Shackdweller Statecraft

Although you’ll have to wait a little longer to see Dear Mandela, the fine documentary about shackdweller struggles in South Africa, a recently-released companion short is well worth watching, especially today.

A FISH IN A TIN — a companion short to the documentary film DEAR MANDELA from Sleeping Giant on Vimeo.

Today, shackdwellers are taking their municipality to court. The government evicted poor residents from their homes, and threw them into transit camps, where they live ‘like a fish in a tin’, waiting for more permanent housing that never comes. It’s not easy to make the state behave in ways that aren’t like a state. But this is shackdweller statecraft.

Full press release on today’s news below.

Abahlali baseMjondolo (AbM) and Socio-Economic Rights Institute of South Africa
(SERI)

PRESS RELEASE – 29 February 2012

eThekwini Municipality Disobeys Court Order to Provide Housing and Investigate
Corruption

Residents go back to court to compel Mayor, City Manager and Director of
Housing to provide houses or be held in contempt

In 2009, 37 poor families won the right to receive permanent houses in terms of
an order issued by the Durban High Court. The families must now return to court
to force the eThekwini Municipality to obey the order. The Socio-Economic
Rights Institute of South Africa (SERI) and Abahlali baseMjondolo (ABM) are
suing the Mayor of eThekwini on behalf the families, who now live in the
Richmond Farm Transit Camp near KwaMashu, Durban.

The order directed that the families be relocated from an informal settlement
to a transit camp in order to make way for a new road. The order also stated
that the families must be given permanent housing within a year of arriving at
the camp. The order further directed the municipality to investigate the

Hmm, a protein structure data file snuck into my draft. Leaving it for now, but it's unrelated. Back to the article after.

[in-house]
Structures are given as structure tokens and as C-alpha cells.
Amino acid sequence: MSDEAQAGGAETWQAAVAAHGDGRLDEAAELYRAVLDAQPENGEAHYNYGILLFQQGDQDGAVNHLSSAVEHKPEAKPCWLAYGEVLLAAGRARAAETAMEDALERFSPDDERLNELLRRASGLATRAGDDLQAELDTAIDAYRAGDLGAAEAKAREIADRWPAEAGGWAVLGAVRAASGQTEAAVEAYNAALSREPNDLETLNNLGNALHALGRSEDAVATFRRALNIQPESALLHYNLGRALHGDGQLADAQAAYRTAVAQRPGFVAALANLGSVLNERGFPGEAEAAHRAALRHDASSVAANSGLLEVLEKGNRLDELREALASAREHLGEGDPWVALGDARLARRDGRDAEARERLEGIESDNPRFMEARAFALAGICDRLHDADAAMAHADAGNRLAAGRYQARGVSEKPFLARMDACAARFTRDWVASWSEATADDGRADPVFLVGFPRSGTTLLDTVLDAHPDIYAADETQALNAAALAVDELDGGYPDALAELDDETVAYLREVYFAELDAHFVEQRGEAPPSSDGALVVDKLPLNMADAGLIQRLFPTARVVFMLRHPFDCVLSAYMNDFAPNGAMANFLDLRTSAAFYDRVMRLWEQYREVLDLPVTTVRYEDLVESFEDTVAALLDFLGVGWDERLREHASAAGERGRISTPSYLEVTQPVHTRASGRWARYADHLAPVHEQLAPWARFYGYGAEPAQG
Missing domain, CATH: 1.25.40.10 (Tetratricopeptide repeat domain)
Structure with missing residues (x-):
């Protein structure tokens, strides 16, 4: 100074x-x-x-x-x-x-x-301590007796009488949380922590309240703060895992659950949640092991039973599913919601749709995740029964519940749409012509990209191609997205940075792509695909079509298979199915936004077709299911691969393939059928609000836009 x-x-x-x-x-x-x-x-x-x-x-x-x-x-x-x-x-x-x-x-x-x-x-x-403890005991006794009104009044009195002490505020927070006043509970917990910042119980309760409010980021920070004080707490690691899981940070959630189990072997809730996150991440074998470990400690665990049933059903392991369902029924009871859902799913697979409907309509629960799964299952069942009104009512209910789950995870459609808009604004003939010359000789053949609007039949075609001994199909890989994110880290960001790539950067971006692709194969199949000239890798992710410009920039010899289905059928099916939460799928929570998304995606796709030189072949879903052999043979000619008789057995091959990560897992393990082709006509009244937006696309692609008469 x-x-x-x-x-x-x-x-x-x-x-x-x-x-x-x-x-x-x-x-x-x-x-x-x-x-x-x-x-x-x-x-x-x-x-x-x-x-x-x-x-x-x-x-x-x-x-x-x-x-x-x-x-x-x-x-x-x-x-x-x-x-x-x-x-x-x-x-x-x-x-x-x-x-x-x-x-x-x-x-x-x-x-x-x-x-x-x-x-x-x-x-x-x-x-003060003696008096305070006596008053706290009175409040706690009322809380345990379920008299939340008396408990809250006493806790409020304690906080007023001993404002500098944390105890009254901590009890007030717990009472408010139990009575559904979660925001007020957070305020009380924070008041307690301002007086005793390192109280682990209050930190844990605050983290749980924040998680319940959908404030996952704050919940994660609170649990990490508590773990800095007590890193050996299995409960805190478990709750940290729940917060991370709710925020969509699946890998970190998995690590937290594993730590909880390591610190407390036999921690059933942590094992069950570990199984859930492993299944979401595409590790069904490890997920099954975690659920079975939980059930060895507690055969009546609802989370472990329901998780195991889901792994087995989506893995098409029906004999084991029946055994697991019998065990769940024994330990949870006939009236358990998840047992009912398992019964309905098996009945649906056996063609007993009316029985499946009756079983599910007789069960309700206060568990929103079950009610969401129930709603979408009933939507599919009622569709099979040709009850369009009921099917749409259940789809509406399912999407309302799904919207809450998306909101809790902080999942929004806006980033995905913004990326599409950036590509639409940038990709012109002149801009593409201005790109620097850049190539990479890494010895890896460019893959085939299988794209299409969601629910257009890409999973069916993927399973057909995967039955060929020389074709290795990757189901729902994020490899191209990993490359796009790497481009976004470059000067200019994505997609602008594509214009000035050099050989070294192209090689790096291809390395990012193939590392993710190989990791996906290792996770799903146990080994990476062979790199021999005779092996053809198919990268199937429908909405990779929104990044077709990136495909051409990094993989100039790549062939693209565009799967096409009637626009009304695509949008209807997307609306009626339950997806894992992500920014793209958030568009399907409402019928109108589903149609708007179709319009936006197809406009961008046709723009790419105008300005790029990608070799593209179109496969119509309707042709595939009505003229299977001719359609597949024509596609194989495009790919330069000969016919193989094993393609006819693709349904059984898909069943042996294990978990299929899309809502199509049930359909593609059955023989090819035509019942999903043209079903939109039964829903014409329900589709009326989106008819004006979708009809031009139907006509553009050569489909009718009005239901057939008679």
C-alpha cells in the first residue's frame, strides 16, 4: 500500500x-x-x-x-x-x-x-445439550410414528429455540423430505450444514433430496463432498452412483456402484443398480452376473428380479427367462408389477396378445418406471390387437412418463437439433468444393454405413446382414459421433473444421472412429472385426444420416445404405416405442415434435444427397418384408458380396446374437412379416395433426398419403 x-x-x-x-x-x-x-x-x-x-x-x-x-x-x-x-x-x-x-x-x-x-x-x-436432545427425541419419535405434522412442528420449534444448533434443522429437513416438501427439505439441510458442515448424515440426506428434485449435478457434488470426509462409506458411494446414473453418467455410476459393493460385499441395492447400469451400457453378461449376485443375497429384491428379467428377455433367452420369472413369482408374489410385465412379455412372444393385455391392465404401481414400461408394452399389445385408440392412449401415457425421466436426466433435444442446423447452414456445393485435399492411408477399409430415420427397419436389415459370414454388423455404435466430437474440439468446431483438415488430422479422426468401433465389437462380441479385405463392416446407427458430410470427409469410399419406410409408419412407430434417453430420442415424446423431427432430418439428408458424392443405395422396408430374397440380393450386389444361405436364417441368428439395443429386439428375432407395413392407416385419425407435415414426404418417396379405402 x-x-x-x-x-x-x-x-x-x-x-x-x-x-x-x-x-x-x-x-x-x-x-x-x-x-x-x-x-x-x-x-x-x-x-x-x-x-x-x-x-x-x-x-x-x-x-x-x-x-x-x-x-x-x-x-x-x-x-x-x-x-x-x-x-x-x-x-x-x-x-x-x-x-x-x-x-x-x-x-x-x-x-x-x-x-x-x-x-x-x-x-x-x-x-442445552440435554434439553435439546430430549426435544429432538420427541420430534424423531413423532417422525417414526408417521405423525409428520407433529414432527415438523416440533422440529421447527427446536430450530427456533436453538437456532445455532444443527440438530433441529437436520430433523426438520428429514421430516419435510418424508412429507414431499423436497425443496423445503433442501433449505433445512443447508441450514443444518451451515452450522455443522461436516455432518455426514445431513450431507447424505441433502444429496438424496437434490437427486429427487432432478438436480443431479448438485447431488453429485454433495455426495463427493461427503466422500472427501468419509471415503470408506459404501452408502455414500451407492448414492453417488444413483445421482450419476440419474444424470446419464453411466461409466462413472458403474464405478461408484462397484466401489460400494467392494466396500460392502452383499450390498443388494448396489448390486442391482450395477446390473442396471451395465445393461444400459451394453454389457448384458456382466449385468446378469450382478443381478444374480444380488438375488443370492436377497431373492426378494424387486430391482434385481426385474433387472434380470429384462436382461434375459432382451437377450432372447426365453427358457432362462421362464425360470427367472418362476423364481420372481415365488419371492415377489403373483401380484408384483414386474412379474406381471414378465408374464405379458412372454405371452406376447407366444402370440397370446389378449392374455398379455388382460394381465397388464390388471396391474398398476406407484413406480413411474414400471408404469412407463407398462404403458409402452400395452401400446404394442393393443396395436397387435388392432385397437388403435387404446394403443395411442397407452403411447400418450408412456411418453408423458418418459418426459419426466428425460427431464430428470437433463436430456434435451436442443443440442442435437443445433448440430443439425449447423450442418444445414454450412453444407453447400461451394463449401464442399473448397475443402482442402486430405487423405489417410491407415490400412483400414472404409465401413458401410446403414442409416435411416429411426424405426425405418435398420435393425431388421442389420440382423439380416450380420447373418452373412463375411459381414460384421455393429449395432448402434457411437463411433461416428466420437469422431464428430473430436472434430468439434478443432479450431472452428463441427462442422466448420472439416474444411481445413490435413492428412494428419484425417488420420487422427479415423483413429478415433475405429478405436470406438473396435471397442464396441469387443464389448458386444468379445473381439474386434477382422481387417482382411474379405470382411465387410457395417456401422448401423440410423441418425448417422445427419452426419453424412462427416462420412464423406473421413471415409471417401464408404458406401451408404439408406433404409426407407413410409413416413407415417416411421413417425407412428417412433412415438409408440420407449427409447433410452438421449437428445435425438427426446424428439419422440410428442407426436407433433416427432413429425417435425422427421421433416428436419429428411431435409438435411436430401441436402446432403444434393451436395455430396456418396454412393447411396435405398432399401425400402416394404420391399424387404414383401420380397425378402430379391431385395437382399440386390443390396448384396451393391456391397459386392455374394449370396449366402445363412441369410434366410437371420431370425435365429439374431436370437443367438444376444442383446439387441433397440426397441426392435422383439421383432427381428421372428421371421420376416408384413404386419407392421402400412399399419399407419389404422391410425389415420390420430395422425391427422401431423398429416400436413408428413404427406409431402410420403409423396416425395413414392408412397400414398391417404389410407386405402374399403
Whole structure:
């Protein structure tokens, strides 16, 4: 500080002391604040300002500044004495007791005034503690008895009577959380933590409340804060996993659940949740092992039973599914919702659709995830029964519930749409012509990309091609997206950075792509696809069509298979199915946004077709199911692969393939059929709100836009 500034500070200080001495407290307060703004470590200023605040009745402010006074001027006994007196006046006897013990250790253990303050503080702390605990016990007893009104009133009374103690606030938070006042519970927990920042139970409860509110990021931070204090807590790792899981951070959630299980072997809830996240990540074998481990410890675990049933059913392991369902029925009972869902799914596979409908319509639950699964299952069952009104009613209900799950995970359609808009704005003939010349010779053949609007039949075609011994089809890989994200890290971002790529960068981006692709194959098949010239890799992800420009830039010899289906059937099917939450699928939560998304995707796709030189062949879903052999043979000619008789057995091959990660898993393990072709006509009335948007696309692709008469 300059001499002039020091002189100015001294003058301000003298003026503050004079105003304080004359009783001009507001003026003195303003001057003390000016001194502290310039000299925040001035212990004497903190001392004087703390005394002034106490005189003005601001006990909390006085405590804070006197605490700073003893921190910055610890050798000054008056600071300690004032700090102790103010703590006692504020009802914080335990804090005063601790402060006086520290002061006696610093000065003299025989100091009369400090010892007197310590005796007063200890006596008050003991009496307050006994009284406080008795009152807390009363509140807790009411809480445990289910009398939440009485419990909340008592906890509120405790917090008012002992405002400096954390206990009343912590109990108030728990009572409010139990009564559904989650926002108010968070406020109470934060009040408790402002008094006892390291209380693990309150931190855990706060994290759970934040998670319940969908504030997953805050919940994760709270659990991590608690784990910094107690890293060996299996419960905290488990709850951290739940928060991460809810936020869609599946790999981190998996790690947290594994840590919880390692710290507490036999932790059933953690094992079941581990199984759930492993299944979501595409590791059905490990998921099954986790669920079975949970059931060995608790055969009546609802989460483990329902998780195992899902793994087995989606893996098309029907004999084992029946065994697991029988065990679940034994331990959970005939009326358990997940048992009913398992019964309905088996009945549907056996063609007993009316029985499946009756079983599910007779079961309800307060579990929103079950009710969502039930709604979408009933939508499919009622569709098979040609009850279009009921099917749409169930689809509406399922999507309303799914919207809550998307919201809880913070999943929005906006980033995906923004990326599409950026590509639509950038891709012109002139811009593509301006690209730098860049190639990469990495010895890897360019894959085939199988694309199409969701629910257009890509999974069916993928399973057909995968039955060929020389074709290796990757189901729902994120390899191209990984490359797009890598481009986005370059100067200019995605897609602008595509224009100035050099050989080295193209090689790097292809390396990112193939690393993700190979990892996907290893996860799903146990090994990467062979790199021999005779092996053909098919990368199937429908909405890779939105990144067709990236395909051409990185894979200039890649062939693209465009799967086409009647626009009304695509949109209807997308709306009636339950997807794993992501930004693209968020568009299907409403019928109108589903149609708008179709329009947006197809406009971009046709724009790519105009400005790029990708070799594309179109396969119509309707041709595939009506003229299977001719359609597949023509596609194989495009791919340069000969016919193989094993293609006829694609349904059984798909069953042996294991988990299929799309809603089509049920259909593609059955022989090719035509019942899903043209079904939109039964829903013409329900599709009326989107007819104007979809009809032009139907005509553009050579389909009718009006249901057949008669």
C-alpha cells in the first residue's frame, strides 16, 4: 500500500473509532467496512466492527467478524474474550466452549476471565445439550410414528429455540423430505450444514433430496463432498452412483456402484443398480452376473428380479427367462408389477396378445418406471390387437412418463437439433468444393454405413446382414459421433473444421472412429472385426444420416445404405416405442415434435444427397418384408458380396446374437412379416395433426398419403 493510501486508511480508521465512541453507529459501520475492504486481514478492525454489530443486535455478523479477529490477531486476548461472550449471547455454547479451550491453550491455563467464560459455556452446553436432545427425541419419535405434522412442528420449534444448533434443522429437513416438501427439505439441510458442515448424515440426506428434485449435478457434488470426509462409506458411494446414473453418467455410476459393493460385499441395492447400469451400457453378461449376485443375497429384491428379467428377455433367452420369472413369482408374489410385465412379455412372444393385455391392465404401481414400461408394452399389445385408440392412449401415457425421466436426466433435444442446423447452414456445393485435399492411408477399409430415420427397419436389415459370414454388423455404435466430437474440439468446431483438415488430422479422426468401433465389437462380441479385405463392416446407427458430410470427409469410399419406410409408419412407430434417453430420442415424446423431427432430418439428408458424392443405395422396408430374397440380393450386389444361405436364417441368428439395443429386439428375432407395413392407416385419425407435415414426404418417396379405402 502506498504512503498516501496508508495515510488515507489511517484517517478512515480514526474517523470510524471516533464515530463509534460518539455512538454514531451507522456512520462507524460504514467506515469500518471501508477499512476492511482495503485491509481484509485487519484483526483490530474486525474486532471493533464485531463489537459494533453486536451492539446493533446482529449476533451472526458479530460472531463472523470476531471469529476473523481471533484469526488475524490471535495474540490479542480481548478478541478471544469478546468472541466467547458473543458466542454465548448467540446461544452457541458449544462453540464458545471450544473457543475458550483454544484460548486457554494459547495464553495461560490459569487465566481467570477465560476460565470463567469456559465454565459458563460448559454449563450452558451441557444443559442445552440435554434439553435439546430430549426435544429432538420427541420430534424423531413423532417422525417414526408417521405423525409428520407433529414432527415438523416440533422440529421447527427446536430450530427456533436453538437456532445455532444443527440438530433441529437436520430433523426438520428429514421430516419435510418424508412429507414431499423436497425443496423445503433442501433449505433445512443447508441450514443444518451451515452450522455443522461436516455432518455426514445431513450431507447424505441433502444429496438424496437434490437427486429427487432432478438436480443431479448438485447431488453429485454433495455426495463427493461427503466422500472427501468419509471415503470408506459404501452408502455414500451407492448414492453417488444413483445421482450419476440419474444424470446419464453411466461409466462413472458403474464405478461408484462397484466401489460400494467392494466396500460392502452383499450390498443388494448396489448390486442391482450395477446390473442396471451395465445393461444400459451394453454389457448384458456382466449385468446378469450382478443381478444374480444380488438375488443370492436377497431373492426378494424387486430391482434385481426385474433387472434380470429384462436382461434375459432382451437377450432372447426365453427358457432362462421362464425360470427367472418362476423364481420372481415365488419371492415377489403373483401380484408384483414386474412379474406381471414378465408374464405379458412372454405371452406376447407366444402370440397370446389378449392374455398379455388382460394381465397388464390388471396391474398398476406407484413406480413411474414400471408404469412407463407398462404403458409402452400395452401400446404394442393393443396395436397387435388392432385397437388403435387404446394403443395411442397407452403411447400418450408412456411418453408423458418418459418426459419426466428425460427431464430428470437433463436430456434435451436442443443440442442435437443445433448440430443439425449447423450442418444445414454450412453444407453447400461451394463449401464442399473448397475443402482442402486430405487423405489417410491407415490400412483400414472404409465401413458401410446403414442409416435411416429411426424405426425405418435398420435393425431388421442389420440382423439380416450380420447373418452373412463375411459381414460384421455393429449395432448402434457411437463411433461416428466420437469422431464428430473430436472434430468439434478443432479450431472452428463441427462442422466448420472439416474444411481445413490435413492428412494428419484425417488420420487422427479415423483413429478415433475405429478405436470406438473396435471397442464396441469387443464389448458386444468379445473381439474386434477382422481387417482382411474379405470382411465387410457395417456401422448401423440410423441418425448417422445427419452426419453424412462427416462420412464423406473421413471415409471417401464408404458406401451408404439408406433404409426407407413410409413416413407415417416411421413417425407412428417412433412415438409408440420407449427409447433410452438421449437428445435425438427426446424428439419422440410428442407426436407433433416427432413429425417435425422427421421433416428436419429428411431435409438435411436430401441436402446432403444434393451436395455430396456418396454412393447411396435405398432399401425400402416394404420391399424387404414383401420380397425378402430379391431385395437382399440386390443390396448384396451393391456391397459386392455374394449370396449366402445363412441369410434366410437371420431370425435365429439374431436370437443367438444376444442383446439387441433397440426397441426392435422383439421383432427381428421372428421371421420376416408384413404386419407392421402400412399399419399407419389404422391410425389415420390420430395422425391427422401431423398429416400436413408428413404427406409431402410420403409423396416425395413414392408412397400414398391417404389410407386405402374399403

corrupt allocation of housing at the Khulula Housing Project near KwaMashu. It
had been originally been intended that the families would be given permanent
housing in the Khulula project, but the houses meant for them were irregularly
re-allocated to other families by provincial and municipal officials.

If successful, the case will mean that the Mayor, City Manager and Director of
Housing must take steps to provide housing to the families within 60 days, and
must investigate the corrupt allocation of housing at the Khulula project. If
they fail to do so, they will face a fine or jail time.

Teboho Mosikili, SERI attorney for the families, said: “Both Abahlali and the
families themselves have patiently attempted to engage with eThekwini
Municipality for three years now. Yet the Municipality is still in defiance of
the court order. It is very sad that an organ of state – whose duty it is to
uphold the rule of law and respect the authority of the courts – has chosen
to act in such a blatantly illegal manner. The Mayor, City Manager and Director
of Housing have all been served with the court order, and meetings have been
convened with the Mayor to discuss compliance with it. Yet nothing has been
done.”

Sbu Zikode, ABM’s Chairperson, said: “The corrupt allocation of housing in
Durban has been a concern for Abahlali’s members for a long time. People are
dumped in transit camps, told that it is just temporary and then left to rot
while other people are allowed to jump the queue. Now the council is supporting
this by refusing to obey a court order. Moreover the Manase report which is due
to be tabled to full council today in eThekwini Municipality confirms this
view.”

The residents will be represented in court by the SERI Law Clinic and Trudie
Nichols Attorneys, together with Advocates Geoff Budlender SC, Stuart Wilson
and Nicole Lewis.

The papers filed in the case so far are available here.

Contact:

Teboho Mosikili, attorney at SERI: teboho@seri-sa.org / 072 248 2199

S’bu Zikode, chairperson of AbM: 083 547 0474